This partial review of the Trump administration’s anti-asylum policies suggests the difficulty of rebuilding the US asylum system – its infrastructure, legal standards, procedures, and processing capacity. As DHS Secretary Mayorkas has put it:
The prior administration completely dismantled the asylum system. The system was gutted, facilities were closed, and they cruelly expelled young children into the hands of traffickers. We have had to rebuild the entire system, including the policies and procedures required to administer the asylum laws that Congress passed long ago.
Over the last few weeks, a false picture has also emerged of the putative enforcement prowess of the Trump administration, which made cruelty a pillar of its strategies. Yet even on its own narrow, transactional terms, this administration did not effectively enforce the law. In 2000, the Border Patrol arrested 1.6 million migrants. Over its last four years, the Obama administration apprehended an average of 408,000 migrants per year on the southwest border. Apprehensions have long served as an imperfect metric of unauthorized entries. These numbers fell slightly in the first two years of the Trump administration, averaging around 350,000 per year. However, in 2019 they jumped to 852,000, before falling again in FY 2020 due to the pandemic and to practical and health-related restrictions on movement. Border Patrol arrests and public health expulsions spiked again – averaging more than 71,000 per month – over the last four months of the Trump administration. They increased to roughly 100,000 in February 2021, the first full month of the Biden administration, and may reach 130,000 in March. Yet the overwhelming majority of recent arrests have been of single adults or members of family units, who are expelled to Mexico under the CDC order.
In response to increased admissions of unaccompanied children, the Biden administration has reopened ORR temporary shelters in order to process and reunify these children with US family members. Roughly 1,400 children have now been kept in Border Patrol facilities for longer than 72-hours, a major concern and a violation of the Flores settlement. Lawyers and community advocates are closely monitoring these situations to ensure that children are matched with family sponsors quickly and, in the meantime, that they are held in safe and appropriate facilities. By contrast, the Trump administration held children incommunicado in hotels before expelling them and made no attempt to ensure their safety in the United States or to reduce their vulnerability following expulsion.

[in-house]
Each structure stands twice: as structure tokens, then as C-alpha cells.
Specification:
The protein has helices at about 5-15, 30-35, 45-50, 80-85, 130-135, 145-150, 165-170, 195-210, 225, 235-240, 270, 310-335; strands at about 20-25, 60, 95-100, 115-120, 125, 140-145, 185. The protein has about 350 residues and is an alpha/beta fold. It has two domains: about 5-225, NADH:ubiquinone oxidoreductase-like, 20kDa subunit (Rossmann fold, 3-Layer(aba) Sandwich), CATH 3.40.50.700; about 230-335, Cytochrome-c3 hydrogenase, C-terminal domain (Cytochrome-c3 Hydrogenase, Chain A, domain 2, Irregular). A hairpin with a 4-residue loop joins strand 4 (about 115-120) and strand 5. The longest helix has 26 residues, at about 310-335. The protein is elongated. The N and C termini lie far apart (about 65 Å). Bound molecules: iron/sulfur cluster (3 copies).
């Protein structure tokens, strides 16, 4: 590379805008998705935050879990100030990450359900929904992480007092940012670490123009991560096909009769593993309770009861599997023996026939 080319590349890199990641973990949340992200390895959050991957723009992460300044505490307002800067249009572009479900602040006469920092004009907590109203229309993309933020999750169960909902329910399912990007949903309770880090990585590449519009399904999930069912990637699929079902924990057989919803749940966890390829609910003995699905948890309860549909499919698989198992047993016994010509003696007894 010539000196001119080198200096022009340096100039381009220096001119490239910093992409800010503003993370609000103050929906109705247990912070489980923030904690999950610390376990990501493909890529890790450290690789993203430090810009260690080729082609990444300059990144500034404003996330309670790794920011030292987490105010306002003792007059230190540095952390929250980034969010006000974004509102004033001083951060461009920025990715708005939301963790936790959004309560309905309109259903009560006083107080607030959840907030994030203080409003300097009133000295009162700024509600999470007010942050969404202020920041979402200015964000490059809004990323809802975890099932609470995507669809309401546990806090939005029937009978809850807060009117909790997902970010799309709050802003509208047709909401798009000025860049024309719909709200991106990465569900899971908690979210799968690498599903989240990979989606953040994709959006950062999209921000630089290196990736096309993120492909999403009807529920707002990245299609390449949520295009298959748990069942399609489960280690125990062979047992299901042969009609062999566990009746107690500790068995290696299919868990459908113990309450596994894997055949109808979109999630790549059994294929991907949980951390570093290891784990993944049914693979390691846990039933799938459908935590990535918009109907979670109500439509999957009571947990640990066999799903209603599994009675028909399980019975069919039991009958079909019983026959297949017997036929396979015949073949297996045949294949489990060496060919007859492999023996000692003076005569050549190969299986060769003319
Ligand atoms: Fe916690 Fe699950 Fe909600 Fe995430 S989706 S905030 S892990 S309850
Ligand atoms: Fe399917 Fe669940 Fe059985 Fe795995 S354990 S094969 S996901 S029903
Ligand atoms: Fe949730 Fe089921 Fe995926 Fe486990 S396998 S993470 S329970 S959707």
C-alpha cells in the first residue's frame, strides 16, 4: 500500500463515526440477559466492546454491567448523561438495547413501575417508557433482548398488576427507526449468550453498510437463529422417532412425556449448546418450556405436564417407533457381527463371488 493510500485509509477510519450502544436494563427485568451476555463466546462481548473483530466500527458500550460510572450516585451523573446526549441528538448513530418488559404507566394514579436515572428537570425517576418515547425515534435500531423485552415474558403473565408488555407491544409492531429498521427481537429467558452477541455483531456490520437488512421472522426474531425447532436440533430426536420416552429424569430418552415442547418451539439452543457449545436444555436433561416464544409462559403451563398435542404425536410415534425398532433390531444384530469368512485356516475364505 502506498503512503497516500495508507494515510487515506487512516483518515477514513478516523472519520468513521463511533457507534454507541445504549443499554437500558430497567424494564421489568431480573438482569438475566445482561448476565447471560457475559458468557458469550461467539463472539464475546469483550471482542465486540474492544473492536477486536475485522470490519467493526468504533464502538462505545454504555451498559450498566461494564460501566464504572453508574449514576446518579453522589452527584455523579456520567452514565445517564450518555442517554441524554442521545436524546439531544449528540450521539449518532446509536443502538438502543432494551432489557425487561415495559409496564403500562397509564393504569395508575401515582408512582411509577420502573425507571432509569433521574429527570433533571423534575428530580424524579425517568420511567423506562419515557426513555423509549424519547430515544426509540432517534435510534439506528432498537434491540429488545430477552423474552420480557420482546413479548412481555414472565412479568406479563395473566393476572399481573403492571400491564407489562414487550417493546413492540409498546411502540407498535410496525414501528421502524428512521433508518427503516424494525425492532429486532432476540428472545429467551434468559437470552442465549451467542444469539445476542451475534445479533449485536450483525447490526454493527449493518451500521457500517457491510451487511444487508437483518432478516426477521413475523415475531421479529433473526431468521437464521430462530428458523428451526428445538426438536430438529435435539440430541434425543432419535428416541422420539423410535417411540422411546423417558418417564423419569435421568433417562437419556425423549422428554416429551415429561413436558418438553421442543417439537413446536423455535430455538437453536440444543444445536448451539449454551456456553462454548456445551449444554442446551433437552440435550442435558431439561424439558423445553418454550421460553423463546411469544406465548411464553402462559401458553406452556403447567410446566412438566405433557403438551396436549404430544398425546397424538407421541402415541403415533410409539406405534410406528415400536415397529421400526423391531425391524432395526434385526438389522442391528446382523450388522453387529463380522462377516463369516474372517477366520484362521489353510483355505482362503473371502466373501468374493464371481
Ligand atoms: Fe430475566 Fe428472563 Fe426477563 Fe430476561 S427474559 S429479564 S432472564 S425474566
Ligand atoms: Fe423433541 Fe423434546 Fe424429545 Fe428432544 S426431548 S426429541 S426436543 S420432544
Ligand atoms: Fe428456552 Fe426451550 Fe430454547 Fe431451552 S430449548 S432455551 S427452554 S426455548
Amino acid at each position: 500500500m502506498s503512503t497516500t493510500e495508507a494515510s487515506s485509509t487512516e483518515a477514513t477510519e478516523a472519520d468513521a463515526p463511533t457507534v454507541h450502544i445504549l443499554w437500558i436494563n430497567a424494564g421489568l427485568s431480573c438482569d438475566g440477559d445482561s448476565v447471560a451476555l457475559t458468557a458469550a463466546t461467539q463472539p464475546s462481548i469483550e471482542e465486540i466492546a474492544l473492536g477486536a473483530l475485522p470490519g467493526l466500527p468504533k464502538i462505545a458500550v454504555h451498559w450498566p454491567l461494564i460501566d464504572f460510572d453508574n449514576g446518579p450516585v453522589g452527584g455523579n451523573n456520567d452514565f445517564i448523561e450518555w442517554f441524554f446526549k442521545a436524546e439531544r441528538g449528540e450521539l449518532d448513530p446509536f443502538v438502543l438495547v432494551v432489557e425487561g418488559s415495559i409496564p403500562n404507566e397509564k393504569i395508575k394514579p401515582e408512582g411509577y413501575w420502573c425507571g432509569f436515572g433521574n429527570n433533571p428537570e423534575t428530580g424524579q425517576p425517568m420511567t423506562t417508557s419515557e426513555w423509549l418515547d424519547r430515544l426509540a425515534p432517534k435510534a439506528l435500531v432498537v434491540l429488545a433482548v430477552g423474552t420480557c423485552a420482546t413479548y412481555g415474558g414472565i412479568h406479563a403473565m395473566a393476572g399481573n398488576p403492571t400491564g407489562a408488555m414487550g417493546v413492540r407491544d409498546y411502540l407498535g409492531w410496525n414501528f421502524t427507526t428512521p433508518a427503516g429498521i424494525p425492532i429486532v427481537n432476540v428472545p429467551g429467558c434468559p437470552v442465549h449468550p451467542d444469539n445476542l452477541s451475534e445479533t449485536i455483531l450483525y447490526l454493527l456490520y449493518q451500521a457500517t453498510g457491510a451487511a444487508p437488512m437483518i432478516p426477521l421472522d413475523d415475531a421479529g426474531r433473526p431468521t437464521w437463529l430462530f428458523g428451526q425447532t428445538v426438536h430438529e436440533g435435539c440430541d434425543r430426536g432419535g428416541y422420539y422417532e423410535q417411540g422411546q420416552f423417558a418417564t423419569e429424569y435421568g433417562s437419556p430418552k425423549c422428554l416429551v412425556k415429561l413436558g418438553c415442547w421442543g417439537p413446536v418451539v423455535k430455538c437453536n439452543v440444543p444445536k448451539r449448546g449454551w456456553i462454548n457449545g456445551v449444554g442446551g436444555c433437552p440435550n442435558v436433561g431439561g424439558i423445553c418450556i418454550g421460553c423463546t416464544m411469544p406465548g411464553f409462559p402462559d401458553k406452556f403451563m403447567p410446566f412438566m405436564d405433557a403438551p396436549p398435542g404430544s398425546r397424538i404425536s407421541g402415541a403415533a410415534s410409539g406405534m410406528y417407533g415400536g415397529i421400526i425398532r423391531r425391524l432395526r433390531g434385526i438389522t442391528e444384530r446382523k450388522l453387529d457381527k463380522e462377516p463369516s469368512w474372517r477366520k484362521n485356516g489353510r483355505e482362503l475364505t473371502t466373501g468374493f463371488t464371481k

In 2020 alone, an estimated 300,000 residents of the Northern Triangle states suffered internal displacement and 515,000 fled their countries. The Biden administration should be credited for its commitment to address the conditions uprooting Central Americans, for supporting a regional response to the region’s multi-faceted humanitarian challenges, and for its attempt to reconstitute and strengthen the US asylum system. The failed strategies of deterrence, interception, detention, and criminal prosecution have never prevented desperate migrants from reaching US borders and territory.
The Biden administration’s goals will not be realized in the short-term, and COVID-19 has made every aspect of governing more challenging. The border is no exception. The administration needs to find sufficient, fitting accommodations for unaccompanied children and safely reunify them with family members. It has also made it a priority to invest in the immigration court system, the asylum corps, and ORR, so that properly trained officials can care for these children and can fairly and expeditiously adjudicate their cases. In other words, it is beginning the long process of restoring both the US asylum system and the rule of law to the US southern border. On March 15, the Frontera Dispatch of the Hope Border Institute in El Paso reported:
The idea of a border crisis may sell newspapers, but it doesn’t fly for those of us who are doing the work of welcome at the border. The wind-down of the Remain in Mexico program has proceeded smoothly, with a COVID testing and legal support process in place on the Mexican side and plenty of helpful volunteers on the US side to help people get to shelters and then on to their families.
It’s true that we’ve seen increased numbers of unaccompanied minors and families arriving at the border. It’s part of a seasonal migration trend heightened by devastation in Central America after two hurricanes and a year of pandemic. Capacity in processing facilities is strained by COVID restrictions, leading to a backlog in how quickly vulnerable populations can be moved into appropriate care. What we need now from the federal government is transparent communication on how it will expand processing capacity and how it will COVID-test families released from Border Patrol custody.
A recent report by Robert Warren can offer context and help to redirect the recurrent claims of border emergencies and crises. The report shows that the US undocumented population fell from 11.7 to 10.35 million between 2010 and 2019, driven by declines of 28 percent in the Mexican undocumented population and 23 percent in the undocumented population in California. During this time, the undocumented population from El Salvador, Guatemala, and Honduras grew by 395,000.
The real immigration crisis is not at the border, but in the failure of the political branches of the federal government to respond effectively to the conditions driving forced migration, to establish orderly and viable legal immigration policies, to legalize the increasingly long-tenured undocumented population, and to reform and invest sufficiently in the US asylum and immigration court systems. These real needs can be met, but it will require much more than the normal political grandstanding.